Tai Long Wan -- Tales from a vanishing village
by Keith Addison
Tai Long Wan village, Shek Pik, Lantau, Hong Kong, 1983-85
Food comes first, and the villagers have got their priorities straight. They don't say "Hello," they say: "Have you eaten yet?" They always eat at the same times, so there's no surprise in the answer.
Until we arrived. We were always busy and usually ate when we had the time, unless we got hungry first, and suddenly the meaningless question gained a whole new level of interest: "What? You haven't eaten yet?" They couldn't believe the weird times we had or hadn't eaten, it caused a lot of talk.
"No," I said, but Christine, in the same breath, said "Yes." I stared at her in surprise. (I'd just finished a long telephone conversation and she'd got hungry and had some lunch.)
Granny Fung couldn't believe it, it was the funniest thing she'd ever heard -- she shrieked with laughter: "You've eaten," she spluttered, "but he hasn't!" And she went off, still cackling, snack forgotten, to tell the neighbours.
"That made her day," said Christine, laughing.
"But I wanted to talk to her," I said. "Her lettuce crop is ready and we want some."
So we followed the old woman and found her at the Widow Fung's house, both of them shrieking with laughter. And of course the Widow Fung had to ask the question too, and got the same answers. When they'd quietened down a bit we asked Granny Fung if we could have a couple of her lettuces.
"Sure," she said. "Come down to the field and I'll get some for you."
And the Widow Fung, in an untypical fit of generosity, gave us some of her baak choi and choi sum, fresh-picked that morning. "Very sweet!" she said.
All the villagers seemed able to get that perfect flow in their fields without even trying, even though they remade the beds several times a year.
We'd tried it in one field after making our first raised beds and paths: the water flowed halfway down the first path and stopped, puddled, trickled on a bit further, stopped again, backed up...
We reached the Fungs' lettuce bed. "How many would you like?" she asked.
"Two please," said Christine, so she pulled up two nice ones and gave them to Christine. Chinese lettuce is loose-leafed and the villagers pull them up roots and all rather than cutting them like baak choi, and this was why we wanted them -- we wanted to regrow them.
We thanked her and took the lettuces home, along with the Widow Fung's choi. In the kitchen, we sliced the lettuce leaves off just above the root, and Christine tested them with our new refractometer while I took the two roots to the chicken shed where we made our compost and replanted them in pure earthworm castings, which is about the best soil there is.
Well, so what, who needs more sugar anyway? For one thing, this is real sugar, not that whiter-than-white poison in the sugar bowl, and for another, a plant's mineral and protein content, and protein quality, are directly related to the sugar content in the sap. So the refractometer is a reliable, quick and cheap quality test. It's also been shown that plants with high sugar levels are much less prone to pest attack -- healthy, well-fed plants have good resistance, like healthy, well-fed people.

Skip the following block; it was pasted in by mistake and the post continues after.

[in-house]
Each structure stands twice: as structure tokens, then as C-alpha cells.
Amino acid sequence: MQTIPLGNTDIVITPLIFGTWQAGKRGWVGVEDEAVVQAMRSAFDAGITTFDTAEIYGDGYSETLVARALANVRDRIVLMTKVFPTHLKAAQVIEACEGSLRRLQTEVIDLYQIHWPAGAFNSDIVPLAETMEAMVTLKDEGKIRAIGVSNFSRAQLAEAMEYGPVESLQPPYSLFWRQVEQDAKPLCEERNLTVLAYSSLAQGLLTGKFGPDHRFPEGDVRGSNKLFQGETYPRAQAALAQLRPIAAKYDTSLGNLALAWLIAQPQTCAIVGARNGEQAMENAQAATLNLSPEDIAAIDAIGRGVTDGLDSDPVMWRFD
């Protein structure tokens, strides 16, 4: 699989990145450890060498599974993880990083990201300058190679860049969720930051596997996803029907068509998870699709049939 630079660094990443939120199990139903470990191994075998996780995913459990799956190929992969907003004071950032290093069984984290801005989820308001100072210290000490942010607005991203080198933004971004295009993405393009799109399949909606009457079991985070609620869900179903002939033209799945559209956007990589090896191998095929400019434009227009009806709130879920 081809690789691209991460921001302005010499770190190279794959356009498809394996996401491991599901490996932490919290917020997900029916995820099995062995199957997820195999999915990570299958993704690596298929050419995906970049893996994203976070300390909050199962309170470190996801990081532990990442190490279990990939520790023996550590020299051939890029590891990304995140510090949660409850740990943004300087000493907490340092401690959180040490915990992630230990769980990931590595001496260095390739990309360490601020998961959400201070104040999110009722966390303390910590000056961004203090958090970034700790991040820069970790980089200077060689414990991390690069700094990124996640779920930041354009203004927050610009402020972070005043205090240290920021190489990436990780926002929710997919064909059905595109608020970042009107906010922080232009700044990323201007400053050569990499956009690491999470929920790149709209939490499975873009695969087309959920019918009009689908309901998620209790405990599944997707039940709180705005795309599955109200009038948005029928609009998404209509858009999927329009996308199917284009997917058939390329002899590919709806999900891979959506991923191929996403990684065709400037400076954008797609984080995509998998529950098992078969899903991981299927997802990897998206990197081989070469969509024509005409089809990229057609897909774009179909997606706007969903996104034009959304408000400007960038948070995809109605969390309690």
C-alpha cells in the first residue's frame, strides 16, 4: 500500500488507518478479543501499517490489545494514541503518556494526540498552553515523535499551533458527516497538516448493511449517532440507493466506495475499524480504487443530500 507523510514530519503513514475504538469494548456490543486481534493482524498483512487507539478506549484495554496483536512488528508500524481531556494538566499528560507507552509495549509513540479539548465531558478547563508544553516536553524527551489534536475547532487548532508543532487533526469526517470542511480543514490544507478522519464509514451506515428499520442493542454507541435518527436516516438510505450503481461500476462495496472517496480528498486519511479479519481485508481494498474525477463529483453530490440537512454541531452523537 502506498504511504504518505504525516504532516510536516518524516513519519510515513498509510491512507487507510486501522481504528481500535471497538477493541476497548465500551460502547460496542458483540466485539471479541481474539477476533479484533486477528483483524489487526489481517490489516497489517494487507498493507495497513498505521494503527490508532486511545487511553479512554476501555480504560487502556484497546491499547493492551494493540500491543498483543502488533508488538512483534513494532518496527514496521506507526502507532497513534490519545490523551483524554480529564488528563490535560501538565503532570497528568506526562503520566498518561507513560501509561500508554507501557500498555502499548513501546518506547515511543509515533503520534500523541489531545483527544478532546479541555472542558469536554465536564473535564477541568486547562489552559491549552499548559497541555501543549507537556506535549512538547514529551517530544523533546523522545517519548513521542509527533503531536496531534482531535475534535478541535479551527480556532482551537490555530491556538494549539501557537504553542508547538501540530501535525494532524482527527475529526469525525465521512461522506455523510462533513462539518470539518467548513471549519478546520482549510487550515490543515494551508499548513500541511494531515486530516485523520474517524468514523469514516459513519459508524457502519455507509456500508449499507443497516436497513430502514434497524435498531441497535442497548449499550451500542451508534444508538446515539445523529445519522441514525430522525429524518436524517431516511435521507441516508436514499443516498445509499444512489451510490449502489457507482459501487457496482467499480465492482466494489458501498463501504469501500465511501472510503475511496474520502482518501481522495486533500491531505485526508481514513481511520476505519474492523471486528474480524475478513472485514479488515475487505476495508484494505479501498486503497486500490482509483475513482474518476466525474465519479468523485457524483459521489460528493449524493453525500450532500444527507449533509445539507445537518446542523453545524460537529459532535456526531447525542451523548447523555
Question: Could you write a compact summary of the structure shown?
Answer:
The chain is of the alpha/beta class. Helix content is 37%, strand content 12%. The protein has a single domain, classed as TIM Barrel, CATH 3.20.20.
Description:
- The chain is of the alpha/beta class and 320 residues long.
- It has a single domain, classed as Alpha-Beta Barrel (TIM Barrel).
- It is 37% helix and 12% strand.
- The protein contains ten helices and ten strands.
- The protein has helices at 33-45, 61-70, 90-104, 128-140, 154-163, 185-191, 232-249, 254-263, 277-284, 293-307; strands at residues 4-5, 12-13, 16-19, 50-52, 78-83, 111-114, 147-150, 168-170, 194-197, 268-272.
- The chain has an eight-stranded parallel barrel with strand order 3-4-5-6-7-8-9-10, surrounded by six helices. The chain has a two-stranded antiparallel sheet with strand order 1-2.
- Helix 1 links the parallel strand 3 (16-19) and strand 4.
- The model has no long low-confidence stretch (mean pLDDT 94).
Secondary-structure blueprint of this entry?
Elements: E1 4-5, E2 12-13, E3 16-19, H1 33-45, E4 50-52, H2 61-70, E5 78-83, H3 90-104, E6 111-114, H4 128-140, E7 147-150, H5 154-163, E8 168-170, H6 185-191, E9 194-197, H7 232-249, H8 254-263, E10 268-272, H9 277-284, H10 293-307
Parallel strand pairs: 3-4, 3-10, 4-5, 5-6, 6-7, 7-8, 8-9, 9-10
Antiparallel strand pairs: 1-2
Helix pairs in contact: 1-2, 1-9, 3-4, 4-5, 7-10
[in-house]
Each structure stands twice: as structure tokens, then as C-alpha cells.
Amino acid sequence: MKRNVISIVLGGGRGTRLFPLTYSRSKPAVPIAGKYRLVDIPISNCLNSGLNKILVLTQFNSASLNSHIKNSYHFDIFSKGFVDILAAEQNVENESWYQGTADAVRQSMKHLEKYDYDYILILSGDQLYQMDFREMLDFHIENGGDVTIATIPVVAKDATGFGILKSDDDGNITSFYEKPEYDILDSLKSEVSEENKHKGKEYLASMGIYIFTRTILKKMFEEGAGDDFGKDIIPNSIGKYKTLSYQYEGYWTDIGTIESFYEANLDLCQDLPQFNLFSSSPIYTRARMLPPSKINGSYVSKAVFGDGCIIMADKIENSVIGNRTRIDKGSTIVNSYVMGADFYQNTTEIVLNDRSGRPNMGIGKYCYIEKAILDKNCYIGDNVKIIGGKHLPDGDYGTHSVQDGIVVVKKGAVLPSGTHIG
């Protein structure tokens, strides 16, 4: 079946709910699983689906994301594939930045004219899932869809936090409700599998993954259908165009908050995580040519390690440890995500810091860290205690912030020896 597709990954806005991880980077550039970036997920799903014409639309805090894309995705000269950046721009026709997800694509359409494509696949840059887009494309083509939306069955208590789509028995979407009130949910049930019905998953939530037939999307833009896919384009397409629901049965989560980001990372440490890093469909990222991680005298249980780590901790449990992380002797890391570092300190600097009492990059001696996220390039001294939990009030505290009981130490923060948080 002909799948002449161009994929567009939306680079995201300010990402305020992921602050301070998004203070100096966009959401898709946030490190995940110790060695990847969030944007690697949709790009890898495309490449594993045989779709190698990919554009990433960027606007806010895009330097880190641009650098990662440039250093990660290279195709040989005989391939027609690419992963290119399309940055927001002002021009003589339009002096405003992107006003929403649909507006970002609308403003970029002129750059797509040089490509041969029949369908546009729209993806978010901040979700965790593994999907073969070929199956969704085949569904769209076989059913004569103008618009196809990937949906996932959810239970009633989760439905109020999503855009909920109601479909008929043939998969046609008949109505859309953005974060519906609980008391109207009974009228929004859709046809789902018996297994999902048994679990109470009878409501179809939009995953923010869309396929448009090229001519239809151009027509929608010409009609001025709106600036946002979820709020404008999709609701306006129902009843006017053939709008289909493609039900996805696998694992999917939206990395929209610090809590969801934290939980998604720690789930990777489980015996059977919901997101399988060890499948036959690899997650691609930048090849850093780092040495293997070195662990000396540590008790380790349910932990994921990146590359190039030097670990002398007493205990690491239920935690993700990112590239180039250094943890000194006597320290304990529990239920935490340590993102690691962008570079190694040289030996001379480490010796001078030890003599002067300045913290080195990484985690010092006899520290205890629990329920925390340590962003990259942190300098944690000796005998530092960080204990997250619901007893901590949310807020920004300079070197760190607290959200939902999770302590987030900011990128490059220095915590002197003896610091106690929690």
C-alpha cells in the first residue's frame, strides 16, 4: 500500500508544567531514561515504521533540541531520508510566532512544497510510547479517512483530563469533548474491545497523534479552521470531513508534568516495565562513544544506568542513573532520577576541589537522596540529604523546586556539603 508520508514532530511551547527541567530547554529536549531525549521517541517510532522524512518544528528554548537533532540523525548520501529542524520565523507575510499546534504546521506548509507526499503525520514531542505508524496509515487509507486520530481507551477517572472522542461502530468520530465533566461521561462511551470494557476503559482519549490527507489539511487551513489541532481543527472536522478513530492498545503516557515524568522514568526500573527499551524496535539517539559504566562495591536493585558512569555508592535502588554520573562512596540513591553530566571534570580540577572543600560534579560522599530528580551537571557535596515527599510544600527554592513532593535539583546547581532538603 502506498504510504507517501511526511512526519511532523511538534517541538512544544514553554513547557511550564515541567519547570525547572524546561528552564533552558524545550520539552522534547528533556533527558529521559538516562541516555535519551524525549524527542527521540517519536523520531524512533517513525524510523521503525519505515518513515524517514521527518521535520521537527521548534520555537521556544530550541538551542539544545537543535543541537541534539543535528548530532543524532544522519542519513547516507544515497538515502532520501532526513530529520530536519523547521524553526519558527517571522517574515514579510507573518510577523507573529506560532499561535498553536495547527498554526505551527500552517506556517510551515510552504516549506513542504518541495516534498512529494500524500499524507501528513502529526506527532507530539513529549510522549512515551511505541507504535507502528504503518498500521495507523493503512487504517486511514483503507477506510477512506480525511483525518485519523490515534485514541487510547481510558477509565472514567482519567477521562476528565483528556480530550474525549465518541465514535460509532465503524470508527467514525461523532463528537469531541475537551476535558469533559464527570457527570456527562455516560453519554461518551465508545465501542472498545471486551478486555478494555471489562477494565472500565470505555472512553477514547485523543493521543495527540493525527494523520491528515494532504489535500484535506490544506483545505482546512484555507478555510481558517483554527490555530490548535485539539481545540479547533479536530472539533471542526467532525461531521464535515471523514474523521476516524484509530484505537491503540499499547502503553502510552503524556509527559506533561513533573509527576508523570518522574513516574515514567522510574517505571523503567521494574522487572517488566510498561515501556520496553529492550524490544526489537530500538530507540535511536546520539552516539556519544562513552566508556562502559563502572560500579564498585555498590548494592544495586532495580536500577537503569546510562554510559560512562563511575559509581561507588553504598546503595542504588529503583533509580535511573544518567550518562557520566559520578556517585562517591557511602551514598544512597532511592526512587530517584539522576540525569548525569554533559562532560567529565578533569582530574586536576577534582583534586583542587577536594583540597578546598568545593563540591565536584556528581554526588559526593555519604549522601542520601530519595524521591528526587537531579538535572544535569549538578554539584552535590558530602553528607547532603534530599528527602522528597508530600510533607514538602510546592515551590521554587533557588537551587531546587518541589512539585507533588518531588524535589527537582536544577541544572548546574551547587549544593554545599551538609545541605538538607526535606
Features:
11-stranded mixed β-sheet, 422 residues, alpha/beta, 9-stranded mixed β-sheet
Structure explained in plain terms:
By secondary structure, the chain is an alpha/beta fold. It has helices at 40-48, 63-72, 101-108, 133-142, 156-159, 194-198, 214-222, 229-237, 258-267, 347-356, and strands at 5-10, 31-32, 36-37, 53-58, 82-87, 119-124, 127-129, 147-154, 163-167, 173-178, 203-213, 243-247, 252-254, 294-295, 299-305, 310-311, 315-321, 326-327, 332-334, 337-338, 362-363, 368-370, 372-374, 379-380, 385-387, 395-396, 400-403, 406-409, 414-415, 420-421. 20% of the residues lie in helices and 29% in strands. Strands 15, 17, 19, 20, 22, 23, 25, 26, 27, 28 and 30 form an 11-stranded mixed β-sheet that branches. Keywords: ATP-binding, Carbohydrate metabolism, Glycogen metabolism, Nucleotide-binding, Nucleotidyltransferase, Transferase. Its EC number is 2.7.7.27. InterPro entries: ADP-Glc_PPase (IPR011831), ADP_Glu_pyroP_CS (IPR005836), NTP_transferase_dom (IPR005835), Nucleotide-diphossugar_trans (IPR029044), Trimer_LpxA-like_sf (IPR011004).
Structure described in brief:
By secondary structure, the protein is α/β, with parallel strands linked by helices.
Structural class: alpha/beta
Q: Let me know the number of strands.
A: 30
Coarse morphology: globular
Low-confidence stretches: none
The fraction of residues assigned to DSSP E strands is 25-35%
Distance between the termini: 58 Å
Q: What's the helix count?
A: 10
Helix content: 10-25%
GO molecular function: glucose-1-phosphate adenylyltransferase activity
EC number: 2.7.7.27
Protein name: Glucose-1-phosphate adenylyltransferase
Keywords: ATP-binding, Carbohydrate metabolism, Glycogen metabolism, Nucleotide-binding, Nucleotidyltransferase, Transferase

Standard sugar levels have been worked out: for lettuce, 4% is poor, 6% average, 8% good and 10% is excellent. (See list below.)
Granny Fung's lettuce measured 1.5%, worse than poor -- empty, hardly worth eating. The Widow Fung's baak choi also measured 1.5%, and the choi sum 2% -- not "very sweet" after all.
That made us sad -- they worked so hard, for such poor results. But we weren't very surprised, though we hadn't expected it to be quite so poor. The soil was poor, and the villagers' soil maintenance methods were also poor.
Old man Fung and his old wife were fairly typical. They were well into their 70s and they were alone: their six children had left the village, and they lacked the strength and the labour to continue with the old methods. Weeds and crop wastes were once dug into the soil, but now they were burnt to ash, and the ash used as a fertilizer.
They'd always burnt rubbish and used the ash, but now that they burnt everything, no organic matter was being returned to the soil. They'd sold their cattle and pigs long ago when they gave up growing rice, and now they only had a few chickens, so they had no manure, except their own, which they diluted and fermented in big earthenware urns before diluting it further and sprinkling it under the plants, which supplied some nutrients, but not organic matter.
The ash and nightsoil wasn't enough, so they made up for it with chemical fertilizers, which still wasn't enough, and did nothing at all for the thin, over-ashed, undernourished soil. So they had pest problems -- such weak plants are a beacon for pests -- and they also had weed problems, since nature insists on repairing such poor soils by growing weeds in them.
We reckoned that the villagers could cut a lot of labour by making permanent, deep beds and composting the crop wastes rather than burning them, to build up the organic matter in the soil again and give it some life. This would also cut the weed and pest problems, saving more labour and the expense of fertilizers and pesticides. The earthworm composting system we were using, apart from being quite simple and producing a high-quality product, also produced a lot of excess worms which made fine chicken-feed -- the village chickens were also in poor shape, though the feed bills were high (higher than the value of the eggs).